Erika Witt

Name: Erika Witt (Alumni)

Hometown and Country: San Francisco, California, USA

Degrees Completed at UBC Sciences Po: 

  • Research Methodology & History with a specialization in Sociology at Sciences Po Reims
  • Major in Religion, Literature and Arts, Minor in Sociology at UBC




Why did you choose to pursue the UBC Sciences Po Dual Degree?
I came across the UBC Sciences Po Dual Degree by chance. When I was in high school and applying to university, I knew I wanted to leave California and decided to focus on Canadian schools. I initially applied to UBC and McGill. Having spent a little time in France during high school for a language exchange, I was very motivated to continue learning French (hence why I was considering Montreal), but after I submitted my application to UBC, I received an email informing me about the Dual Degree program. Without knowing anything about Sciences Po, or having considered pursuing a degree in the social sciences, I decided to apply. When I was accepted, I felt that it would be a unique experience to live two years in two very different, yet international contexts – so in fact the choice was somewhat random, but my intuition proved correct and the dual degree opened up many opportunities and pathways that I had not necessarily considered as an 18 year old!

What are some of the meaning experiences you’ve had from your time at Sciences Po, and at UBC?
This program allowed me to meet people from all over the world and from very different backgrounds than myself. The small campus of Sciences Po allows you to get to know many of your fellow students and facilitates a culture of dialogue and debate, which was a great way to grow, intellectually and personally, in my first years away from home. At UBC, one of my most memorable experiences was when I was a teaching assistant in the Department of Sociology. I gave a guest lecture to an introductory sociology class on Ethnic Relations. It was really fulfilling (and intimidating) to share my own interests and research on issues of gender and intersectionality with around 100 students.

How has being a UBC Sciences Po student helped your personal and professional aspirations?
When I first applied to UBC, I intended to study English literature. The dual degree opened doors by exposing me to the social sciences. When I arrived to UBC in the third-year, I decided to pursue an interdisciplinary major, Religion, Literature, and Arts, and a minor in Sociology. This enabled me to draw links between literature, which has remained a passion of mine, and issues of political and social justice that had acquired central importance for me during my time at Sciences Po. Additionally, engaging in community-based research in Vancouver through both the dual degree course requirements and within the Department of Sociology played a role in why I chose to pursue a Master’s degree in urban public policy.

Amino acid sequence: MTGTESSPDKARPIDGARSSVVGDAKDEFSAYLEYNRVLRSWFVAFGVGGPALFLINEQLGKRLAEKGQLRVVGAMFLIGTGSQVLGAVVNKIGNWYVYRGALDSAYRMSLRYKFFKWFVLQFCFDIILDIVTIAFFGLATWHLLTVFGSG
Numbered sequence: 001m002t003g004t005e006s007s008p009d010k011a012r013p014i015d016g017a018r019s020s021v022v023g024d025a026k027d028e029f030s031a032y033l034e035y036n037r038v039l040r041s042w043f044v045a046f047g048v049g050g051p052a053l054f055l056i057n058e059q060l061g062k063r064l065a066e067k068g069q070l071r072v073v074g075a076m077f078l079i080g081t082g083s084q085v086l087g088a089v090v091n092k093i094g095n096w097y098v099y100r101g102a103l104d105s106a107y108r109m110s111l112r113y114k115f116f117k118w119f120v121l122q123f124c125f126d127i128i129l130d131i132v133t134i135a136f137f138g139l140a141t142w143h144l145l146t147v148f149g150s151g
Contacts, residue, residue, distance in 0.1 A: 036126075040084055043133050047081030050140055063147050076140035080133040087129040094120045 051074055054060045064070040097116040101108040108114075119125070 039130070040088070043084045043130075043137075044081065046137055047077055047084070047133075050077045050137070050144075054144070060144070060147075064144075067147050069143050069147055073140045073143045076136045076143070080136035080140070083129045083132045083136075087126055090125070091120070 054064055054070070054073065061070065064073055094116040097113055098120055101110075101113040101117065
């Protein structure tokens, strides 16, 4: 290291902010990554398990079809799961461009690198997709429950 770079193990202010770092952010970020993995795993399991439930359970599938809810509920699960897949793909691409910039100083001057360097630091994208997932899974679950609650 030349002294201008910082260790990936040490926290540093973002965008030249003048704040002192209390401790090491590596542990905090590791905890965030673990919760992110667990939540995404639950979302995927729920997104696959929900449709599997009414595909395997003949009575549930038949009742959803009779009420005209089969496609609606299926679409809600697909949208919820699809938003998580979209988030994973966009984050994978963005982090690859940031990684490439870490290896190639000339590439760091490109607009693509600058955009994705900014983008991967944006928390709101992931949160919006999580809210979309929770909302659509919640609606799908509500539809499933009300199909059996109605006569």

What are the top three things every UBC Sciences Po student should do before they graduate?

  1. Pull a nuit-blanche and go to a boulangerie first thing in the morning for freshly baked croissants
  2. Go see a UBC Improv Show
  3. Watch the sunset from Wreck Beach

What has the UBC Sciences Po program meant to you?
The program challenged me, it made me grow accustomed to change, transitions, and often finding myself outside of my comfort zone. At times this is hard, of course, but it is also really fulfilling, and overall this has left me adaptable and open to whatever new experiences come my way.

What advice would you give to students who are considering this program, or just starting out in this program?
While it seems really appealing to spend time in Europe, spending two years at Sciences Po is quite a different experience than going on a “typical” exchange semester. Coming from a North American education system, the French pedagogy was unfamiliar, intellectually demanding, and the lifestyle of a medium-sized French city was a huge contrast from my peers who remained in the United States for school. For example, Sciences Po Reims was much smaller than my high school, and furthermore, I felt like I had to grow up faster – learning to cook for myself, having little guidance on opening a bank account in a new country and in a foreign language, etc.  Additionally, this is not a program to learn French – on the Reims campus, the common language between everyone is English, so you need to push yourself to socialize in French or challenge yourself by taking elective courses beyond the required language ones. In short, improving your French in this context is certainly possible but requires a lot of self-discipline.

As for UBC, the transition to such a large campus was fairly difficult. Make sure you get involved with associations on campus, it is the best way to branch out and meet people outside of the dual degree program – the UBC Farm is a great, as is the student-run café, Sprouts. Work Learn positions are also a great way to begin applying and expanding on the skills you acquired at Sciences Po. I had the chance to work with a professor from the School of Journalism, and it allowed me to explore new domains, and make some money as a student. Additionally, make an effort to explore the Vancouver neighborhoods and not get stuck in the UBC-bubble. Spending at least part of the summer in Vancouver is highly recommended as well, as that is when the city really comes alive after 8 months of rain…

What’s next for you?
I am completing my Master’s degree in urban public policy (“Governing the Large Metropolis”) at Sciences Po Paris. After I graduate in June 2020, I hope to remain in Paris for at least a few years and work in the domain of sustainable development, ideally on projects relating to mobility or urban agriculture. I am also interested by the prospect of pursuing a PhD in sociology or urban policy related fields.